How to Estimate What Insurance Costs Will Be on a Home

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Your home insurance is defined primarily on the replacement cost of value. Estimate what insurance costs will be on your home insurance with help from a public insurance adjuster in this free video clip.

Part of the Video Series: Home & Business Insurance
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Video Transcript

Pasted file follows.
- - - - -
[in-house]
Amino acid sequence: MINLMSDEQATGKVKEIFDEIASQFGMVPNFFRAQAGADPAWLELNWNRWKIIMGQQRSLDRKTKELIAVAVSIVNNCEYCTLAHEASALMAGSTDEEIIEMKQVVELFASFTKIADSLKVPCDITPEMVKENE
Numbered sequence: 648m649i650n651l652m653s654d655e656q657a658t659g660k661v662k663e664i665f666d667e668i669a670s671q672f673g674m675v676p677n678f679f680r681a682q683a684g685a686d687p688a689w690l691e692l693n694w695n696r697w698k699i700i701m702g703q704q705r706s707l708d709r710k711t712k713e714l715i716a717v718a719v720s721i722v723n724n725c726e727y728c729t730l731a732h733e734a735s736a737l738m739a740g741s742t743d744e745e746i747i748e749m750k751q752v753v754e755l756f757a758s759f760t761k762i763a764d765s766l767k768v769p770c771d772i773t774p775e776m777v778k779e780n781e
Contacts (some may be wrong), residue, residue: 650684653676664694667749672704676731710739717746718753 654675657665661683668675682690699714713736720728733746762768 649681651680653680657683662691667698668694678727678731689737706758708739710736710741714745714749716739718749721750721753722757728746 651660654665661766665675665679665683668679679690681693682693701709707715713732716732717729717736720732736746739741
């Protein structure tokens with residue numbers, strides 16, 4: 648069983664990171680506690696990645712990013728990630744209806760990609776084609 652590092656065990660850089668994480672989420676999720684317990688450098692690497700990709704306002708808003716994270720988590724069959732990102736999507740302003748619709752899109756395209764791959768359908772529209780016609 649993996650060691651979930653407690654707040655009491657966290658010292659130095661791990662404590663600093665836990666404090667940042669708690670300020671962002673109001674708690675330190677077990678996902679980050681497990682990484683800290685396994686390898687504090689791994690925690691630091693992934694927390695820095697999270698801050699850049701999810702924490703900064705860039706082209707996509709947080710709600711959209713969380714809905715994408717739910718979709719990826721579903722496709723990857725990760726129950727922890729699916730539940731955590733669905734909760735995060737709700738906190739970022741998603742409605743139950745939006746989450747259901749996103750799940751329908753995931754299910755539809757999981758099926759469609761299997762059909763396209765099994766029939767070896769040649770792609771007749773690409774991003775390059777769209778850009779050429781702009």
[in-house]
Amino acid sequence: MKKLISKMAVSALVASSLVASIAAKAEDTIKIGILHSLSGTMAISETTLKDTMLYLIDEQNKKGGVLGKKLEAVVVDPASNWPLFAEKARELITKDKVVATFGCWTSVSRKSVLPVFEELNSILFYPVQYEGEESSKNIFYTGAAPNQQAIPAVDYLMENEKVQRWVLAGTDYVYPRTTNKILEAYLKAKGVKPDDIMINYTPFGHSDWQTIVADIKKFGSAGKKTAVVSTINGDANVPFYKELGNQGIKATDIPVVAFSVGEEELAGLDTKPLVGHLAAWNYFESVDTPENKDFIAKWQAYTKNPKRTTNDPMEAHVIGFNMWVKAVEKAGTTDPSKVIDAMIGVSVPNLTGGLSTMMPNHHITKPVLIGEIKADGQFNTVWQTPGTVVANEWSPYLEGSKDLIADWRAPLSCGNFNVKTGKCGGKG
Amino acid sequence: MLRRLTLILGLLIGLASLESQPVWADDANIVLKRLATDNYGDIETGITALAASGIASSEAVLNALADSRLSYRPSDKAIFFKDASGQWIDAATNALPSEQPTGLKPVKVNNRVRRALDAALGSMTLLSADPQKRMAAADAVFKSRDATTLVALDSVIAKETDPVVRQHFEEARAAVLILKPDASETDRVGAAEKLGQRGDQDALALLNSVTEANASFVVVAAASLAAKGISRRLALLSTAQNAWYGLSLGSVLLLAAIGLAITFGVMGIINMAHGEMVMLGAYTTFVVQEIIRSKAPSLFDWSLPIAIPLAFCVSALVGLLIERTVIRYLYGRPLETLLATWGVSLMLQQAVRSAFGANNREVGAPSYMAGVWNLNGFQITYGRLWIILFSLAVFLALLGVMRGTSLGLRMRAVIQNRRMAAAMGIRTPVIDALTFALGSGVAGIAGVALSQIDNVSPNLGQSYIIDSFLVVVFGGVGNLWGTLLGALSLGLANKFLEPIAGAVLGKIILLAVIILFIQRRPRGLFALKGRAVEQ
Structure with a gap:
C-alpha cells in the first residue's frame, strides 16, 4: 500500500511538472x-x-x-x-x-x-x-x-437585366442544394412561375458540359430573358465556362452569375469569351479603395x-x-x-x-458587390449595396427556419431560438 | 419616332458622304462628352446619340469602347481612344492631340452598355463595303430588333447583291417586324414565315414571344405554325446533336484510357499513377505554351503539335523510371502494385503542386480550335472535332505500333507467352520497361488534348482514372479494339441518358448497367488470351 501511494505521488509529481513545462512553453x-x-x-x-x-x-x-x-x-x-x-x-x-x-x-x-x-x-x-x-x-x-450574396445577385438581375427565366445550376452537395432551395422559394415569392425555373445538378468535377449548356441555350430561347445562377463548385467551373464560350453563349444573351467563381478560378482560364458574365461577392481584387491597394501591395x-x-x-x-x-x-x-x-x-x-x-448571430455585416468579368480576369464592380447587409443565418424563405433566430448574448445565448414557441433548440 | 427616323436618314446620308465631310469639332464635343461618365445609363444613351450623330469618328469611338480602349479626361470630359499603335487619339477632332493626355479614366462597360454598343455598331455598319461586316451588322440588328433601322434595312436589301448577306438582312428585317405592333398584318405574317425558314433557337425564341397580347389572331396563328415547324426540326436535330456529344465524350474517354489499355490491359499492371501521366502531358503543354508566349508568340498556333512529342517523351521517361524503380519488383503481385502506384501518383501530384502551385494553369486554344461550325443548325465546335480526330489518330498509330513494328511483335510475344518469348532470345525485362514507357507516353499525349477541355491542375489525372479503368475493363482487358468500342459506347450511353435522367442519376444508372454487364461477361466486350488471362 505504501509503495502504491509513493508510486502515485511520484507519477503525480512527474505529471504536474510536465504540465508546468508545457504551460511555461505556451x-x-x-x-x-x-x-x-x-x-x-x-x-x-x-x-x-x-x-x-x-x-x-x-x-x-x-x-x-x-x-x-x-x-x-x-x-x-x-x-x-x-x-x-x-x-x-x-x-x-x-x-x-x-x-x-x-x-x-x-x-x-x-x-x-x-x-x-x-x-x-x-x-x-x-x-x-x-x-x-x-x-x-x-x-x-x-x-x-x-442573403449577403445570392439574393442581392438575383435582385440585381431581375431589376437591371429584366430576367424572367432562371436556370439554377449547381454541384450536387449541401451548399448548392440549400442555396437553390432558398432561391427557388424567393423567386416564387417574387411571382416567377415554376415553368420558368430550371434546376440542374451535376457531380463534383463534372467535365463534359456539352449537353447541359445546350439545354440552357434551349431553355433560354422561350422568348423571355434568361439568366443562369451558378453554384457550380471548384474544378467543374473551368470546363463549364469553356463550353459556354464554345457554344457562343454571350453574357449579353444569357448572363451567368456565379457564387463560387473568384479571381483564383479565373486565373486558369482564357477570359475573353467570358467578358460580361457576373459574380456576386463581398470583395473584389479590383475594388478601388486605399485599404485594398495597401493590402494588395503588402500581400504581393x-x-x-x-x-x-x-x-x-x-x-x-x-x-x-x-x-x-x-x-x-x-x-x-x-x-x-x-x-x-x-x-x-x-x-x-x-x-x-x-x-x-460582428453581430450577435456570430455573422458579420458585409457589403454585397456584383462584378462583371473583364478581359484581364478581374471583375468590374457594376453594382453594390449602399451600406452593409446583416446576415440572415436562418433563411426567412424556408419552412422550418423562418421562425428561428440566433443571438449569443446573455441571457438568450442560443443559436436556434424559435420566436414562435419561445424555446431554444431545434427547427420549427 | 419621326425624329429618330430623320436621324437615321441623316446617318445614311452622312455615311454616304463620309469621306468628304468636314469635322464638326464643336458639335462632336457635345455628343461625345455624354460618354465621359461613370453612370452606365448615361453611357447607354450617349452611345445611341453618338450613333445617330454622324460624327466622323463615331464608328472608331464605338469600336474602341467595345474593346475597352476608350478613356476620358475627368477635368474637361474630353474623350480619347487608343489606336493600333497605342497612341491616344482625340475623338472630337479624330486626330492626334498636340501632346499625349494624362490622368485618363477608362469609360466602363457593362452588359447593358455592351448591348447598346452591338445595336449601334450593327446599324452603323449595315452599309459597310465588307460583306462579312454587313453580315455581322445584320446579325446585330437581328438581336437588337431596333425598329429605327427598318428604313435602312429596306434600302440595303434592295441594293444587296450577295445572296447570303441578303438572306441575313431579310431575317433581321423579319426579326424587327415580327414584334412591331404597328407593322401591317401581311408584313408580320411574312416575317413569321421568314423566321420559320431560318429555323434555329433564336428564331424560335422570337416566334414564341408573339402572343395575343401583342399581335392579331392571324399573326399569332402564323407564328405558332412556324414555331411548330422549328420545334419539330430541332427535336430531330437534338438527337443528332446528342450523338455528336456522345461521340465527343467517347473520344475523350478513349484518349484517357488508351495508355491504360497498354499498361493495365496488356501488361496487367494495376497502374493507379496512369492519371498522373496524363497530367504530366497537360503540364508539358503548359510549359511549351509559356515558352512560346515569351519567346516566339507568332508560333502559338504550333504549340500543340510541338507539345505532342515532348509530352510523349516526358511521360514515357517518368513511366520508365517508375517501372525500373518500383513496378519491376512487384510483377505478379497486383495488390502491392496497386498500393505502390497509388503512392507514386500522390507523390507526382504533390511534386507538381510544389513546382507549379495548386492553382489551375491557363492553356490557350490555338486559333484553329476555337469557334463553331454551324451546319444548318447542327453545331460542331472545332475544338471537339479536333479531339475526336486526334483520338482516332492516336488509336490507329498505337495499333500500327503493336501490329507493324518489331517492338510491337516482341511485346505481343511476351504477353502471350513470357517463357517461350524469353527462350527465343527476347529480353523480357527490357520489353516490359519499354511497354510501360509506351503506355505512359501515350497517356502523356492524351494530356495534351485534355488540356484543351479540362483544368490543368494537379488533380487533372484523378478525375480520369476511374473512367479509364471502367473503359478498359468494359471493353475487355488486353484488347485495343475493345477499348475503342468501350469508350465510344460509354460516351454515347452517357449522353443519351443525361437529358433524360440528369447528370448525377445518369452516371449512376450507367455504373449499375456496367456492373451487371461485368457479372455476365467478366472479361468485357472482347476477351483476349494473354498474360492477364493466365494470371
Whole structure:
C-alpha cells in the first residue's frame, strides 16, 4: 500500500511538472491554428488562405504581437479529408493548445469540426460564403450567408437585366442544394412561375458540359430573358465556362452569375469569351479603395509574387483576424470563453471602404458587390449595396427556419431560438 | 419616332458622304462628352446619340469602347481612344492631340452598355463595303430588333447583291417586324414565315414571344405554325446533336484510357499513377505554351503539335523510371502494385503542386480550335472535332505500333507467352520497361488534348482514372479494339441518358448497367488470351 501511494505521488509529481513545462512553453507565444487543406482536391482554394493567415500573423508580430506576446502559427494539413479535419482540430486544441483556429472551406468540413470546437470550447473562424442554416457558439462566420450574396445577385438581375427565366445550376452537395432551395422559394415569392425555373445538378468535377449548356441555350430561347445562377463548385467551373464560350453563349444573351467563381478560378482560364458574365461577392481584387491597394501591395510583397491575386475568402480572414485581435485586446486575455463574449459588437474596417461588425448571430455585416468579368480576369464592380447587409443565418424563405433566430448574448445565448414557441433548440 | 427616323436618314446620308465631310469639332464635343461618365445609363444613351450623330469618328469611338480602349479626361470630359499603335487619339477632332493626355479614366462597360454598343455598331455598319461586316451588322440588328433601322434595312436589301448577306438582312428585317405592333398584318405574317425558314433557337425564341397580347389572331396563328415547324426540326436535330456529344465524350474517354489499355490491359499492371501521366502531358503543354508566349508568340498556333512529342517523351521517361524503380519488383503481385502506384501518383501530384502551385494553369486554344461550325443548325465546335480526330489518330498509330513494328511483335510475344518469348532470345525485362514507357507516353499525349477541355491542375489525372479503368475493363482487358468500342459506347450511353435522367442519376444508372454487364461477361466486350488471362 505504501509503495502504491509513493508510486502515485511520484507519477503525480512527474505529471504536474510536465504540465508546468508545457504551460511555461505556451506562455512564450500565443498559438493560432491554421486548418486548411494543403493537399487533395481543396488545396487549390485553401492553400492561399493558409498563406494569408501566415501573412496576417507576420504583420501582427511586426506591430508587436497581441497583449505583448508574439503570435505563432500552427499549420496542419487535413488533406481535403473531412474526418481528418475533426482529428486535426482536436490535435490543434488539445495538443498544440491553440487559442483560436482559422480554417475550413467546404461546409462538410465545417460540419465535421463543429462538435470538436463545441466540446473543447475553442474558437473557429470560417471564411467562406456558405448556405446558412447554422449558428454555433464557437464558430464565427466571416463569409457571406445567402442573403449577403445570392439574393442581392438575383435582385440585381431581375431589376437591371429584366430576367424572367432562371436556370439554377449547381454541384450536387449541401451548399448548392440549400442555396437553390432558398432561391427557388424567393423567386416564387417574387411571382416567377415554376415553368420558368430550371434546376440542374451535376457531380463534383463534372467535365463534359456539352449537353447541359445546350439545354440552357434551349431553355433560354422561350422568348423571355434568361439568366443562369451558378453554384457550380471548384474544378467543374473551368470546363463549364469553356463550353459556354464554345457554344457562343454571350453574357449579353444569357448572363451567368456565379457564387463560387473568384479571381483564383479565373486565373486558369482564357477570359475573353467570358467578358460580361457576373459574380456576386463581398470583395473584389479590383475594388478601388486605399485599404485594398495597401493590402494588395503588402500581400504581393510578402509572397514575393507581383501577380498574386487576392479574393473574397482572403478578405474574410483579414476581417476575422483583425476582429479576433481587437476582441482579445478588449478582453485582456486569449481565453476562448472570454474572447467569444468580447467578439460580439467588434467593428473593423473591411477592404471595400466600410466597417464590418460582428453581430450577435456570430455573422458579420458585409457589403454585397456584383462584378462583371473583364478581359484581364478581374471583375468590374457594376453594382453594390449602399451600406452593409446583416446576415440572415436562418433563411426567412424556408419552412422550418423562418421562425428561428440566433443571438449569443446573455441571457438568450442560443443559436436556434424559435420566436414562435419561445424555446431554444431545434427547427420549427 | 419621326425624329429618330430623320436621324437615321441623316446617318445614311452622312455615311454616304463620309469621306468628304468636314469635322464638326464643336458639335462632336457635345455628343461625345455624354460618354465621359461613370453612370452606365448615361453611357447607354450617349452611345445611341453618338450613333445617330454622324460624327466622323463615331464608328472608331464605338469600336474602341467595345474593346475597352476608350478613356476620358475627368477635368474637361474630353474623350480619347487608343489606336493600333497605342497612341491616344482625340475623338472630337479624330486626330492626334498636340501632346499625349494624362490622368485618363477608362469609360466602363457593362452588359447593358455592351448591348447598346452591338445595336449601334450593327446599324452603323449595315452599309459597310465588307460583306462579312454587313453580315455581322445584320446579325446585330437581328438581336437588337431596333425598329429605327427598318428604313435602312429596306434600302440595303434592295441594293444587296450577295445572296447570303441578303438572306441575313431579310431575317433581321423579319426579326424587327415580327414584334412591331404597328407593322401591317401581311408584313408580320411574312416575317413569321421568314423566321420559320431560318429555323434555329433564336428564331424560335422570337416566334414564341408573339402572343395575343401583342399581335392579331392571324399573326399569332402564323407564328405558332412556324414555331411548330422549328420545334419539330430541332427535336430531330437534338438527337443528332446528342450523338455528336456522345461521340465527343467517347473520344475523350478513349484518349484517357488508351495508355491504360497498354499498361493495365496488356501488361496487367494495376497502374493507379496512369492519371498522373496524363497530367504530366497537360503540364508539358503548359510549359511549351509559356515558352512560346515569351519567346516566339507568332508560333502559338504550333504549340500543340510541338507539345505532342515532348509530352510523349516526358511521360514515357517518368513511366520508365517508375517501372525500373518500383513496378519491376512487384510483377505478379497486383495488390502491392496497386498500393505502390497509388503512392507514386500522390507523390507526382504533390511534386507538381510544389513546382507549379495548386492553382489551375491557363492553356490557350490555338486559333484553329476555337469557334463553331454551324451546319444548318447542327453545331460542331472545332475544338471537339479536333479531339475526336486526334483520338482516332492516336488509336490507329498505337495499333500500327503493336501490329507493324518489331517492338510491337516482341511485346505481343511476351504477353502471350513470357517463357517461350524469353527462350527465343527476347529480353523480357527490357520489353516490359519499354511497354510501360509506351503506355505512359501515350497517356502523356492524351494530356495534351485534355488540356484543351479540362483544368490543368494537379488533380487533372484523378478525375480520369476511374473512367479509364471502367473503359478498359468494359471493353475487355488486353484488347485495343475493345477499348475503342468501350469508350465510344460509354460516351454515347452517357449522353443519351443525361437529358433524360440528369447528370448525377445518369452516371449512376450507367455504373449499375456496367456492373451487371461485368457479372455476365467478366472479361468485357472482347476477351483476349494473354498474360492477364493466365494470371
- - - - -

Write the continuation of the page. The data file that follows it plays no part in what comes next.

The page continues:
Hi, I'm Dan Odess. I'm a Licensed Public Insurance Adjuster, and I'm here to talk to you about how to estimate your cost of your home insurance. Your home insurance is determined primarily on the replacement cost of value, that is the fair market value of the cost of material labors in the event of a loss. They take into consideration a lot of different things such as fluctuations in the market, large storm events, things like that which might cause an increase in the cost of construction or there might be situations where it causes a decrease in the cost of that construction. With all things said, one of the best things you might be able to do is hire a licensed, that is a licensed home inspector to come in and do an evaluation of your property at the time of placing that insurance to get the proper discounts or whatever maybe afforded to you while placing that. They can help you determine sometimes the actual replacement cost value of a policy or give you kind of an idea or a ballpark as to how much it's going to be. Your rates for which what is the cost of your insurance on either a monthly, a quarterly, six month basis or a one time payment is a direct percentage of the total amount of the coverage that is afforded to you. Those coverages show up on what's called a declaration page so it's an important thing to review there. So one of the things you've got to take into account is what is it going to cost you at any given period of time in the next year to rebuild in event of that loss. That value is your replacement cost value. That value will be directly reflected as a percentage in your rate, in your premium dollars. So make sure that replacement cost value or the contents coverage loss of use, coverage A, B, C, D, or all the other coverages that you might have on your policy are properly assessed and properly associated with the actual costs. Based on those values will determine the rate in which you pay. Some things you might take into account is legislation changes, cost of construction, building code changes, all those things will affect that premium dollar that you're paying. Thanks again, this was Dan for eHow.

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